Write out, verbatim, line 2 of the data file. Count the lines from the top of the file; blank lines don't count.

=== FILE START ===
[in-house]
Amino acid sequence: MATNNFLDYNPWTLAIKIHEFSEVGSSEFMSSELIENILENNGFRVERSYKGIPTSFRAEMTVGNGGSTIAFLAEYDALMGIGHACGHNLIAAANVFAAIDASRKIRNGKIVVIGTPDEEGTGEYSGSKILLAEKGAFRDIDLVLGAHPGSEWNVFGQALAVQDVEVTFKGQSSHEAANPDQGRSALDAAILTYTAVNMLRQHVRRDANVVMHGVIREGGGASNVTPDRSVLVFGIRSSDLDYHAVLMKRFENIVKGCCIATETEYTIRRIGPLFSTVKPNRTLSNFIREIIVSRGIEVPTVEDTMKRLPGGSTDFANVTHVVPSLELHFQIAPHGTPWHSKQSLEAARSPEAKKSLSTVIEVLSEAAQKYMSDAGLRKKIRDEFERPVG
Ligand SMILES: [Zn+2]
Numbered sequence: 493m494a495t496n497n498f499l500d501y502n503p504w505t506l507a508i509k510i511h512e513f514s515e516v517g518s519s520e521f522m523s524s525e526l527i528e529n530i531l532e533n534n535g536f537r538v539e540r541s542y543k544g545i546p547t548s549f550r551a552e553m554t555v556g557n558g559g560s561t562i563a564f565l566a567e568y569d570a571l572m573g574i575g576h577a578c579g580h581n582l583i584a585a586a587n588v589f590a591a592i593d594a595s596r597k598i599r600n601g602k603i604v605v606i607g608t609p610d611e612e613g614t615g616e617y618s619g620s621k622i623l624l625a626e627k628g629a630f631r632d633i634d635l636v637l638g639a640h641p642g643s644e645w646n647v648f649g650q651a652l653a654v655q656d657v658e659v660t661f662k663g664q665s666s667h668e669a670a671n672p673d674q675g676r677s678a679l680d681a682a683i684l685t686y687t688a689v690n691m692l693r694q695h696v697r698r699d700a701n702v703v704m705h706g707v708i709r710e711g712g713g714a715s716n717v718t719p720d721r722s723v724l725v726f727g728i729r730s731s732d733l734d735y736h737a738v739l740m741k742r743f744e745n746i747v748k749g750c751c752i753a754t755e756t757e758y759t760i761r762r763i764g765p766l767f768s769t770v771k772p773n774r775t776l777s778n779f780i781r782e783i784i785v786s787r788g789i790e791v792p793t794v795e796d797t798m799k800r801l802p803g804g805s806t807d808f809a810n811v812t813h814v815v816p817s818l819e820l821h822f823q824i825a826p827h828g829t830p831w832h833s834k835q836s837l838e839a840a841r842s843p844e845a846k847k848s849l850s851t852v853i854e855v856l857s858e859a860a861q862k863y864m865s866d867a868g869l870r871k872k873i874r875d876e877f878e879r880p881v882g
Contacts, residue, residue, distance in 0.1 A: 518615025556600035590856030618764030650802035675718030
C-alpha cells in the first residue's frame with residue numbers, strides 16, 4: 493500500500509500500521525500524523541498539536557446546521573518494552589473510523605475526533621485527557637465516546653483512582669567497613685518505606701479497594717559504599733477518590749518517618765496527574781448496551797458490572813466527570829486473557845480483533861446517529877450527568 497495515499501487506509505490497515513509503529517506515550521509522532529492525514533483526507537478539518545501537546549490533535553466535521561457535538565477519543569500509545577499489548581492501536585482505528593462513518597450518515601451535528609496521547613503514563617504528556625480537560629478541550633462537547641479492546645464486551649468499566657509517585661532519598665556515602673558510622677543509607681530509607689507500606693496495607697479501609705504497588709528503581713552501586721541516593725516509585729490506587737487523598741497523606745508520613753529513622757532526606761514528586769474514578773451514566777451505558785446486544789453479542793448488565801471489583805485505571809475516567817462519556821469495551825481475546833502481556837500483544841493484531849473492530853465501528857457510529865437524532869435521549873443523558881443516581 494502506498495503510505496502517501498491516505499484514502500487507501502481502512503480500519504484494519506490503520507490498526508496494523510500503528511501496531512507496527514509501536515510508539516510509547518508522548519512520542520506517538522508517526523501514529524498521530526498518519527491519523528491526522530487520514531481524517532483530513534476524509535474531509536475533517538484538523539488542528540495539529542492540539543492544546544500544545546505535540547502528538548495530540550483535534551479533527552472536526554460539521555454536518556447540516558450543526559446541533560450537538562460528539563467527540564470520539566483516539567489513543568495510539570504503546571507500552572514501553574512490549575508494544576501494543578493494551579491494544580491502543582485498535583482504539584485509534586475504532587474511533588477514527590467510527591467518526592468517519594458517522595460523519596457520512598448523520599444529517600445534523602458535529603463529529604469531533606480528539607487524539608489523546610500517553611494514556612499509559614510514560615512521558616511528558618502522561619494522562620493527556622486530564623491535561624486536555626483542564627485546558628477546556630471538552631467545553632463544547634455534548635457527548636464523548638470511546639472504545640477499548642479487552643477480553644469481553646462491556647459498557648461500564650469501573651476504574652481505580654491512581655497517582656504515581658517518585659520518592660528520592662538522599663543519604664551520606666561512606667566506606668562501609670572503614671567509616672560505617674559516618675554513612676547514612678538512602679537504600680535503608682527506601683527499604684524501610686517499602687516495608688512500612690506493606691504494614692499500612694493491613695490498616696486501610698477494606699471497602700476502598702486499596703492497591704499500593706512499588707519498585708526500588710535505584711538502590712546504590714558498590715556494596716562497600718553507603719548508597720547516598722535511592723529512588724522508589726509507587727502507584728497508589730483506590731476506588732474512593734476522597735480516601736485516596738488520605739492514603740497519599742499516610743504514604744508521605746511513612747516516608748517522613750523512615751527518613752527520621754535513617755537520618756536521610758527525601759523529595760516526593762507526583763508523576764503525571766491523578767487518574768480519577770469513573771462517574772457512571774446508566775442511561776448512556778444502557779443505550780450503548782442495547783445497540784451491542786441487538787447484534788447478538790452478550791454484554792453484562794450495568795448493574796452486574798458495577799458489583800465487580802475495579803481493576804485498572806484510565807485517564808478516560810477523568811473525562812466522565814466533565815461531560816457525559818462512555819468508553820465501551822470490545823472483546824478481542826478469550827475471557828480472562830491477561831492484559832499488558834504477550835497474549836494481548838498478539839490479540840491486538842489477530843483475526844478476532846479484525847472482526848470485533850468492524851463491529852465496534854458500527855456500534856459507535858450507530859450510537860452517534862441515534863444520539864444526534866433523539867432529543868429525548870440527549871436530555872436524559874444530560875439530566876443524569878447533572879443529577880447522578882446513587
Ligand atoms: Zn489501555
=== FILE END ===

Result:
Amino acid sequence: MATNNFLDYNPWTLAIKIHEFSEVGSSEFMSSELIENILENNGFRVERSYKGIPTSFRAEMTVGNGGSTIAFLAEYDALMGIGHACGHNLIAAANVFAAIDASRKIRNGKIVVIGTPDEEGTGEYSGSKILLAEKGAFRDIDLVLGAHPGSEWNVFGQALAVQDVEVTFKGQSSHEAANPDQGRSALDAAILTYTAVNMLRQHVRRDANVVMHGVIREGGGASNVTPDRSVLVFGIRSSDLDYHAVLMKRFENIVKGCCIATETEYTIRRIGPLFSTVKPNRTLSNFIREIIVSRGIEVPTVEDTMKRLPGGSTDFANVTHVVPSLELHFQIAPHGTPWHSKQSLEAARSPEAKKSLSTVIEVLSEAAQKYMSDAGLRKKIRDEFERPVG